Dish: Bee Bim Naeng Myun
Place: Hae-Nam Kalbi & Calamari in Shoreline
In the Bowl: A fiery red mass of buckwheat noodles with daikon kimchi, cucumber, beef slices, Asian pear, and half of a boiled egg.
Supporting Cast: Scissors, and a small bowl of clear beef broth. Also a nice selection of banchan and, if you ask, a side dish of rice.
What to do: You or your server will use the scissors to cut the long noodles. Stir bowl contents together (bee bi ,or bibim, means “mixed”)–or not. Eat, taking sips from the small bowl of broth as desired.
Noodling around: The cold, metal bowl conceals heat from the spicy, garlicky sauce–made here from, according to the menu, black pepper, ginger, garlic, hot bean paste, soy sauce, sesame oil, and broth. This is confusing, as the server later told me there’s the ubiquitous gochujang in the sauce–which is hot pepper sauce, not hot bean sauce. When I checked my Choripdong brand of gochujang at home, it listed red pepper power as an ingredient instead of red pepper powder. Actually, that’s a typo I like, as I’m all for red pepper power.
Anyway, the noodles slide in spicily and have a slight chew to them, which I enjoy as a tempo-slower and a way to extend the meal. The daikon and cucumber add crunch, while the beef and egg add depth. And the side bowl of beef broth is actually cooling, serving as a nice contrast to the heat of the noodles.
If still hungry: Hard to believe if you take advantage of all the banchan and rice, but especially if you’ve got someone sitting with you, an order of hae-mool-pah-juhn ($12.95) might be nice. This is a seafood and green onion patty (actually, a large pancake), with Hae-Nam’s version greener than most I’ve had. Or, if really hungry, get kal bi ($19.95) to grill at your table. Or, as the restaurant name suggests, calamari. There’s a fun sign on the wall to remind you of these options if you forget.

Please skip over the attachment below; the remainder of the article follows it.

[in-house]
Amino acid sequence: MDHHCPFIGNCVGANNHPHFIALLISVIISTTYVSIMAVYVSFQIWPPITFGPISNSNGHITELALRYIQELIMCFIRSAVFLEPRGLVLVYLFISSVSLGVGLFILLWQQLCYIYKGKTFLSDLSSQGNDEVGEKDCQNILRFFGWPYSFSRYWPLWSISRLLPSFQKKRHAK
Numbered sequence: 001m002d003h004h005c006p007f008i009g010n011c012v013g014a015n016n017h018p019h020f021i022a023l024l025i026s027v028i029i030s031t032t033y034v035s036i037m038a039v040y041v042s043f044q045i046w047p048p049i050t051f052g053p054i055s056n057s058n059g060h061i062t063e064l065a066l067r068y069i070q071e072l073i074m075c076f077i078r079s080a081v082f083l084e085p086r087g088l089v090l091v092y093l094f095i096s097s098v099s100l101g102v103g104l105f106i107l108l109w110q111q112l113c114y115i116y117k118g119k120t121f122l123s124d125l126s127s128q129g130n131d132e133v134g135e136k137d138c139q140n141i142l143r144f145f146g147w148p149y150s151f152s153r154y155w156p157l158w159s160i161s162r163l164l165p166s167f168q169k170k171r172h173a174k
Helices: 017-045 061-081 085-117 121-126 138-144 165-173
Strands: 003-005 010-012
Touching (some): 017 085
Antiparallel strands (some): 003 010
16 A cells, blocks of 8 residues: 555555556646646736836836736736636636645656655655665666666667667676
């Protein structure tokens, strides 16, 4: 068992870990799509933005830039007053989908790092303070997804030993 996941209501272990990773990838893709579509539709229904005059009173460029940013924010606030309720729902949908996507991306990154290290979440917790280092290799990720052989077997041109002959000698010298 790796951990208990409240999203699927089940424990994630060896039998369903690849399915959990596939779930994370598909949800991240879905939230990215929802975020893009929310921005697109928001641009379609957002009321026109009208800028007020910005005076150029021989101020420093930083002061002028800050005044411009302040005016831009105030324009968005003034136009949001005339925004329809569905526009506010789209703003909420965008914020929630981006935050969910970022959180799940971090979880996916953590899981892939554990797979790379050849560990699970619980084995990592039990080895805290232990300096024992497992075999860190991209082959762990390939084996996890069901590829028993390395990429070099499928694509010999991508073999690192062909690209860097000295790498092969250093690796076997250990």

Be aware/beware: Service can be a little slow, as there are always many plates to deliver and pick up from many tables. So if you need anything (including any extra banchan, which comes free), press the button on your table (if you’re at a grill table) to get a server. Also note that if you want meat grilled at your table, you must get at least two orders of kal bi. (I’m not sure why you can’t get a combination of two meats, like kal bi and pork belly. Seems like a silly rule.) Otherwise, your kal bi will come already cooked in the kitchen–which is less fun and interactive.
First published in Seattle Weekly’s Voracious on January 11, 2011.